The businessman turns out to have a lot of zanshin. Translating this concept into English is like translating “fuckface” into Nipponese, but it might translate into “emotional intensity” in football lingo. He charges directly at Hiro, hollering at the top of his lungs. […]

“Emotional intensity” doesn’t convey the half of it, of course. It is the kind of coarse and disappointing translation that makes the dismembered bodies of samurai warriors spin in their graves. The word “zanshin” is larded down with a lot of other folderol that you have to be Nipponese to understand.

And Hiro thinks, frankly, that most of it is pseudomystical crap, on the same level as his old high school football coach exhorting his men to play at 110 percent.

We incorporated with our own money (proceeds from selling NCD stock) and the help of a fancy Sand Hill Road lawyer. We rented a house in Petaluma where some of us lived and all of us worked on bringing to life our vision of a beautiful and functional e-mail manager built on the theory that, done right, e-mail could serve as the repository for all one’s private information and communications. In hindsight our plan was not sufficiently well-defined, and neither was our project development timeline. More than two years passed of writing code together every day, grappling with the early web and our ever-problematic dialup Internet access, pushing the boundaries of the IMAP e-mail protocol and the fledgling GNU C++ compiler, and taking turns cooking for one another, watching The Simpsons together, and generally not operating with an adequate sense of purpose or urgency. By the time our e-mail client, code-named Lawndart, finally began sparking to life, the entire e-mail landscape had changed beneath our feet. Free clients like Outlook Express and Eudora had become ubiquitous and were good enough for most people, and free web-based mail from Microsoft and Yahoo was starting to take off. Even if we had gotten Lawndart to market, no one would have cared.

The only software we ever released was a Lisp-like text-markup language called Latte (“Language for Transforming Text”) and its followup, Blatte (“Better Language for Transforming Text”), which we open-sourced and gave away as a kind of corporate calling card. Somehow or other this led to Zanshin getting an extended consulting gig with Amazon.com, for which a couple of us ended up traveling back and forth to Seattle a lot. Things I remember from that time:

  • Checking in and out and in and out of the Residence Inn on Lake Union week after week;
  • The offices in which we did our work, and several of the people we worked with;
  • Various meetings and meals;
  • Keeping in touch with my new wife via the late-90’s-vintage phone I carried on a belt clip;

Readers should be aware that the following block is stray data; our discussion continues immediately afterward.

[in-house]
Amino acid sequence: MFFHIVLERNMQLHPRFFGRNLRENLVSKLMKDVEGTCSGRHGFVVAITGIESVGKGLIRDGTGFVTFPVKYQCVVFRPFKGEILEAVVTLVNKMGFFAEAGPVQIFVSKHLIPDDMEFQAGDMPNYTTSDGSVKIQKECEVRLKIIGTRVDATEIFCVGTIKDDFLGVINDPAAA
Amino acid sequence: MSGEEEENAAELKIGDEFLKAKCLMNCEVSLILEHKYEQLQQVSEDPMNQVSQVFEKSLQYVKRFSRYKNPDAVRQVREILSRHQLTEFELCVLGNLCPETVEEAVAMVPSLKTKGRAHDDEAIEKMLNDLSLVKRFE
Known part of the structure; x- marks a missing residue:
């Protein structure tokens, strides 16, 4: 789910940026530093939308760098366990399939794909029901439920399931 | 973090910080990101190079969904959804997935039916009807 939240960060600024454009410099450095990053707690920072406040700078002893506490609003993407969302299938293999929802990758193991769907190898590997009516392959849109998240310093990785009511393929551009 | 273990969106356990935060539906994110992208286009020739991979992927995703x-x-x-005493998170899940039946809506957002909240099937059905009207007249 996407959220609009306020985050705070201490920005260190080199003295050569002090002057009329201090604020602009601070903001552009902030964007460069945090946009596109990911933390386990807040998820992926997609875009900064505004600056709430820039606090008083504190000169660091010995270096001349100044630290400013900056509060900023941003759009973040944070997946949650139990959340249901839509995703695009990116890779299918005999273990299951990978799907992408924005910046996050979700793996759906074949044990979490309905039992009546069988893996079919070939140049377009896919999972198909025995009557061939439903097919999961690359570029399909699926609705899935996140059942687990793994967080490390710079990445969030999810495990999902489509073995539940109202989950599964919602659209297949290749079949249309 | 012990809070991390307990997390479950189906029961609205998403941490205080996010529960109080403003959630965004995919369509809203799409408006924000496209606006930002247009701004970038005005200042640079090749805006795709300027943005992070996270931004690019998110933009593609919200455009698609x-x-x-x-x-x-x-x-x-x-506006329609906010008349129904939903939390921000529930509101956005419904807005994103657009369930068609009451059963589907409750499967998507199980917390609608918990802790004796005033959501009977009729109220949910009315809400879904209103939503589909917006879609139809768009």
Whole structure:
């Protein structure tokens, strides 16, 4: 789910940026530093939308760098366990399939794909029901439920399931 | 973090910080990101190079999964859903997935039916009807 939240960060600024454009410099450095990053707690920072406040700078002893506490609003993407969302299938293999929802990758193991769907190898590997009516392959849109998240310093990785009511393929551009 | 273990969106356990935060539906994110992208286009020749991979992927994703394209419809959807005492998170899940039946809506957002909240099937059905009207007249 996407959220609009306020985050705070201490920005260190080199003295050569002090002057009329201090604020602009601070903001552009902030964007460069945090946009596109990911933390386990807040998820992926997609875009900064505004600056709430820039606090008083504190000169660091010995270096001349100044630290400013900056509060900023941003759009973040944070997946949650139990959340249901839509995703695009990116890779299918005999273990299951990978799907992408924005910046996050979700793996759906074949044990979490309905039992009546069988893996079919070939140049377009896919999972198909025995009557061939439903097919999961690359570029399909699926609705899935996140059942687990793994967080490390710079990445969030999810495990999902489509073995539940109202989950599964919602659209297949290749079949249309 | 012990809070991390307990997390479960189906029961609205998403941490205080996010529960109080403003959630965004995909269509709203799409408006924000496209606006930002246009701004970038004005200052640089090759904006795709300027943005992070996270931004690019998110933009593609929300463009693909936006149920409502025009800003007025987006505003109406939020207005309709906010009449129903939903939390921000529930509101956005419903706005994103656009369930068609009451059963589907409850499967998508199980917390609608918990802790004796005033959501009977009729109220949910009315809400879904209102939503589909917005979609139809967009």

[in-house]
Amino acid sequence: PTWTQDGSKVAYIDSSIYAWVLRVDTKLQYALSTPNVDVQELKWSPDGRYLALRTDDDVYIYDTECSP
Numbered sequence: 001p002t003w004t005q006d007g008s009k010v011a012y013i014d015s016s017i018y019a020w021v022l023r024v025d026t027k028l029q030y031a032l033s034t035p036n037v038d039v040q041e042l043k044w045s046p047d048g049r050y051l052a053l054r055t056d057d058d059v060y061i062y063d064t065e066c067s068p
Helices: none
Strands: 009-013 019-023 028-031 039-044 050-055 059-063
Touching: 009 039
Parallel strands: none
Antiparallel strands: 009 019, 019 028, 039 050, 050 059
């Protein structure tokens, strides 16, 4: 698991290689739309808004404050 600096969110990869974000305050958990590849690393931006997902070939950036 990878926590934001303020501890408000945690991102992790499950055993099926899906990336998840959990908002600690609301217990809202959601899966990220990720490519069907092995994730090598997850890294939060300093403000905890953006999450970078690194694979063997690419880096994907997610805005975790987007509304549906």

• Being extra fastidious about tracking my time, reporting my progress, and keeping expenses down

but I’m damned if I can remember the nature of any actual work we did for them. Nevertheless, the gig went so well that Amazon offered to relocate us all to Seattle and hire us. Andrea flew up to Seattle to get the vibe of the place. Together we decided it was definitely doable.

Back in California we had a few long talks about Zanshin’s prospects and how we all felt about packing it in and moving to Seattle. Some of us were in favor, some were opposed and felt that Zanshin had some life left in it. We recognized that our dream of a high-tech e-mail client was dead; but in those long-overdue discussions we started to conceive of some exciting new ideas for the server side of e-mail and, in the end, convinced ourselves to stick it out as a software startup. We turned Amazon down.

We began describing to ourselves, and then to some business consultants, a collection of server-side e-mail features that collectively we called “MSpace.” Zanshin moved out of rented houses and into actual offices, and we took a little extra investment to keep us going (including from the notorious Gary Kremen, owner of the sex.com domain).

One way and another, our plans for MSpace took a detour into the realm of e-mail marketing — spamming, essentially, but ethical spamming as we were always quick to point out, for reputable marketers only, never sharing e-mail lists, and always providing no-hassle opt-out. I wrote a high-performance e-mail delivery engine and the aforementioned Blatte language for creating dynamic customizable templates, and Zanshin, operating its e-mail marketing service under the name iPost, finally started earning money.

This whole time I had been moonlighting as a founding member of the Internet Movie Database. In 1998 Amazon.com bought the IMDb (a coincidence not related to Zanshin’s consulting gig) and early in 2001 they asked me to join full-time. Five years of earning first no salary and later only a token amount had taken its toll, particularly since Andrea and I were planning to start a family; and the e-mail marketing business, though it was taking off, failed to move me. After consulting with my partners we agreed that I’d wrap up work on iPost’s delivery engine and then be done.